A SpaceX Falcon 9 rocket blasted off from Florida and thrust a communications satellite into orbit on Friday, but the launch vehicle's reusable main-stage booster was destroyed when it failed to land itself on an ocean platform, the company said.

It marked the fourth botched at-sea return landing attempt for Elon Musk's privately owned Space Exploration Technologies, though a Falcon main-stage rocket did achieve a successful ground-based touchdown after soaring back to Earth from a less demanding launch in December.

Source: b'SpaceX Falcon 9'

The latest try occurred after four SpaceX launch delays stretching back to Februray 24. On Friday, the 23-story-tall Falcon 9 bolted off its seaside launch pad at Cape Canaveral Air Force Station as scheduled at 6:35 p.m. (EST/2335 GMT). Half-hour later it completed the chief goal of its mission, putting the Boeing-built satellite, owned by Luxembourg-based SES SA, into orbit more than 25,000 miles (40,600 km) above Earth.

On its way up, the rocket’s first-stage booster separated as planned, turned around and headed toward a platform floating about 400 miles (645 km) off Florida’s east coast. The rocket found its target, but its velocity proved too great to allow for a safe landing on the drone barge.

Source: b'Representational image'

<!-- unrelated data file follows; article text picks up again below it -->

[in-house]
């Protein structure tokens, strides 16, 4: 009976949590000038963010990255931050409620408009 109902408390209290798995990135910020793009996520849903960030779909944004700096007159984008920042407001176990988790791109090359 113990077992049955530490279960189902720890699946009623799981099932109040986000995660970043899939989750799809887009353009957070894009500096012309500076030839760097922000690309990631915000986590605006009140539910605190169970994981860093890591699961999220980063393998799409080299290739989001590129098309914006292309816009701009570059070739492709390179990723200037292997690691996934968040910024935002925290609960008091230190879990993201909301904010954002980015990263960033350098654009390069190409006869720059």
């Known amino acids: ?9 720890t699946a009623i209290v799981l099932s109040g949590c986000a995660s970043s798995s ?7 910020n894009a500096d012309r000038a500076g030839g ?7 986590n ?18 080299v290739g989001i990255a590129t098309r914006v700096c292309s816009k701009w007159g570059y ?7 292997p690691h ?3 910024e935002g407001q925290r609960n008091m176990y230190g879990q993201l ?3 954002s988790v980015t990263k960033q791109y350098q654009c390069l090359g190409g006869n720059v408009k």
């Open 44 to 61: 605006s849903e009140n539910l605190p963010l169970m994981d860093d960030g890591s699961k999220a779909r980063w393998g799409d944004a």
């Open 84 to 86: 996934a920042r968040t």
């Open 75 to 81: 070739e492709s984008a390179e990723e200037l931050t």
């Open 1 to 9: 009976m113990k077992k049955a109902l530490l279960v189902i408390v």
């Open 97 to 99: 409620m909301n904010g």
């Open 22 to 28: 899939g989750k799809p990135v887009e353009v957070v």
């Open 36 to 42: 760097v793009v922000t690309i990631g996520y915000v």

“Rocket landed hard,” Musk, the founder and chief executive officer of SpaceX, said in a Twitter message more than an hour after blastoff. “Didn’t expect this one to work ... but next flight has a good chance.”

The ability to safely and reliably return the rocket's main stage to a landing pad at sea has been a key hurdle in Musk's quest to develop a relatively cheap, reusable launch vehicle. The rocket flying on Friday faced a particularly challenging mission to deliver the 12,613-pound (5,721 kg) satellite into an orbit more than 100 times higher than where the International Space Station flies.

Source: b'Representational image'

The speed required to achieve that feat meant the rocket was going too fast to even attempt a ground landing. SpaceX came close to nailing an ocean touchdown in January after blasting off from California to deliver a climate-monitoring satellite into orbit. The returning main-stage rocket settled itself on a platform in the Pacific Ocean, but a stabilizing landing leg failed to latch, causing the booster to keel over and explode.

SpaceX’s next mission, a cargo-delivery run to the space station for NASA, is targeted for launch in late March or early April. The launch firm has contracts worth more than $10 billion from commercial companies, NASA and other agencies.

All images sourced from Reuters